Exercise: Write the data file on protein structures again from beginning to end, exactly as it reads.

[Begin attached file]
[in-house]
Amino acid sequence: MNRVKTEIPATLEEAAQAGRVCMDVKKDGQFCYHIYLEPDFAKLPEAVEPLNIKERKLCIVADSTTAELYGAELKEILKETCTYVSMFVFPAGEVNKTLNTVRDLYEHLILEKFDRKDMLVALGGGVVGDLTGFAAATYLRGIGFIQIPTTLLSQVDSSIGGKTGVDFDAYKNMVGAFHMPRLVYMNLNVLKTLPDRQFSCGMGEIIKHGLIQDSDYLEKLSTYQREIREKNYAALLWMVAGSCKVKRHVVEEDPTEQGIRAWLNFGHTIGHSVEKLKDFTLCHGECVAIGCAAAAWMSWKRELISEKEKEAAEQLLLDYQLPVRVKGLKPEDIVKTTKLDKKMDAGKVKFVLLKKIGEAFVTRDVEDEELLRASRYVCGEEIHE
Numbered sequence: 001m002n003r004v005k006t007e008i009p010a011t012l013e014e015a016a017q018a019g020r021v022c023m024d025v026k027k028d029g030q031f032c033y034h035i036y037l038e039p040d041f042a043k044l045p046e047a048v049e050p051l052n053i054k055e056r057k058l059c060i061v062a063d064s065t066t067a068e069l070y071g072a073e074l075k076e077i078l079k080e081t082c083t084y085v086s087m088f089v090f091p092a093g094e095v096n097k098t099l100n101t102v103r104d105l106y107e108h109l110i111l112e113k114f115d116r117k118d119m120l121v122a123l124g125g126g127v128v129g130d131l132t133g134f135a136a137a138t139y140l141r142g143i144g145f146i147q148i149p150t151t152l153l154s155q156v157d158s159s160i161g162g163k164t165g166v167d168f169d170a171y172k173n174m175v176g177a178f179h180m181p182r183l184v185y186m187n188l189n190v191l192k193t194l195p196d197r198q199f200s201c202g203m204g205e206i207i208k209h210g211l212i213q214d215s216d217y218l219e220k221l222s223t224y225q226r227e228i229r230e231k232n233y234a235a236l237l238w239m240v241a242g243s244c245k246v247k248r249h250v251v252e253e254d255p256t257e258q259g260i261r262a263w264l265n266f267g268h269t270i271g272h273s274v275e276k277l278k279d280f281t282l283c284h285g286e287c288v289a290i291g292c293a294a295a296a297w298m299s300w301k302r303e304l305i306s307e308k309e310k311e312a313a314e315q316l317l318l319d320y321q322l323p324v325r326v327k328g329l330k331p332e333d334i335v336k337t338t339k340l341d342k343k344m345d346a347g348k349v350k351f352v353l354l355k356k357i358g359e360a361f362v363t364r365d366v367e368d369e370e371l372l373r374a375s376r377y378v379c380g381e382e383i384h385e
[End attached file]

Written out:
[in-house]
Amino acid sequence: MNRVKTEIPATLEEAAQAGRVCMDVKKDGQFCYHIYLEPDFAKLPEAVEPLNIKERKLCIVADSTTAELYGAELKEILKETCTYVSMFVFPAGEVNKTLNTVRDLYEHLILEKFDRKDMLVALGGGVVGDLTGFAAATYLRGIGFIQIPTTLLSQVDSSIGGKTGVDFDAYKNMVGAFHMPRLVYMNLNVLKTLPDRQFSCGMGEIIKHGLIQDSDYLEKLSTYQREIREKNYAALLWMVAGSCKVKRHVVEEDPTEQGIRAWLNFGHTIGHSVEKLKDFTLCHGECVAIGCAAAAWMSWKRELISEKEKEAAEQLLLDYQLPVRVKGLKPEDIVKTTKLDKKMDAGKVKFVLLKKIGEAFVTRDVEDEELLRASRYVCGEEIHE
Numbered sequence: 001m002n003r004v005k006t007e008i009p010a011t012l013e014e015a016a017q018a019g020r021v022c023m024d025v026k027k028d029g030q031f032c033y034h035i036y037l038e039p040d041f042a043k044l045p046e047a048v049e050p051l052n053i054k055e056r057k058l059c060i061v062a063d064s065t066t067a068e069l070y071g072a073e074l075k076e077i078l079k080e081t082c083t084y085v086s087m088f089v090f091p092a093g094e095v096n097k098t099l100n101t102v103r104d105l106y107e108h109l110i111l112e113k114f115d116r117k118d119m120l121v122a123l124g125g126g127v128v129g130d131l132t133g134f135a136a137a138t139y140l141r142g143i144g145f146i147q148i149p150t151t152l153l154s155q156v157d158s159s160i161g162g163k164t165g166v167d168f169d170a171y172k173n174m175v176g177a178f179h180m181p182r183l184v185y186m187n188l189n190v191l192k193t194l195p196d197r198q199f200s201c202g203m204g205e206i207i208k209h210g211l212i213q214d215s216d217y218l219e220k221l222s223t224y225q226r227e228i229r230e231k232n233y234a235a236l237l238w239m240v241a242g243s244c245k246v247k248r249h250v251v252e253e254d255p256t257e258q259g260i261r262a263w264l265n266f267g268h269t270i271g272h273s274v275e276k277l278k279d280f281t282l283c284h285g286e287c288v289a290i291g292c293a294a295a296a297w298m299s300w301k302r303e304l305i306s307e308k309e310k311e312a313a314e315q316l317l318l319d320y321q322l323p324v325r326v327k328g329l330k331p332e333d334i335v336k337t338t339k340l341d342k343k344m345d346a347g348k349v350k351f352v353l354l355k356k357i358g359e360a361f362v363t364r365d366v367e368d369e370e371l372l373r374a375s376r377y378v379c380g381e382e383i384h385e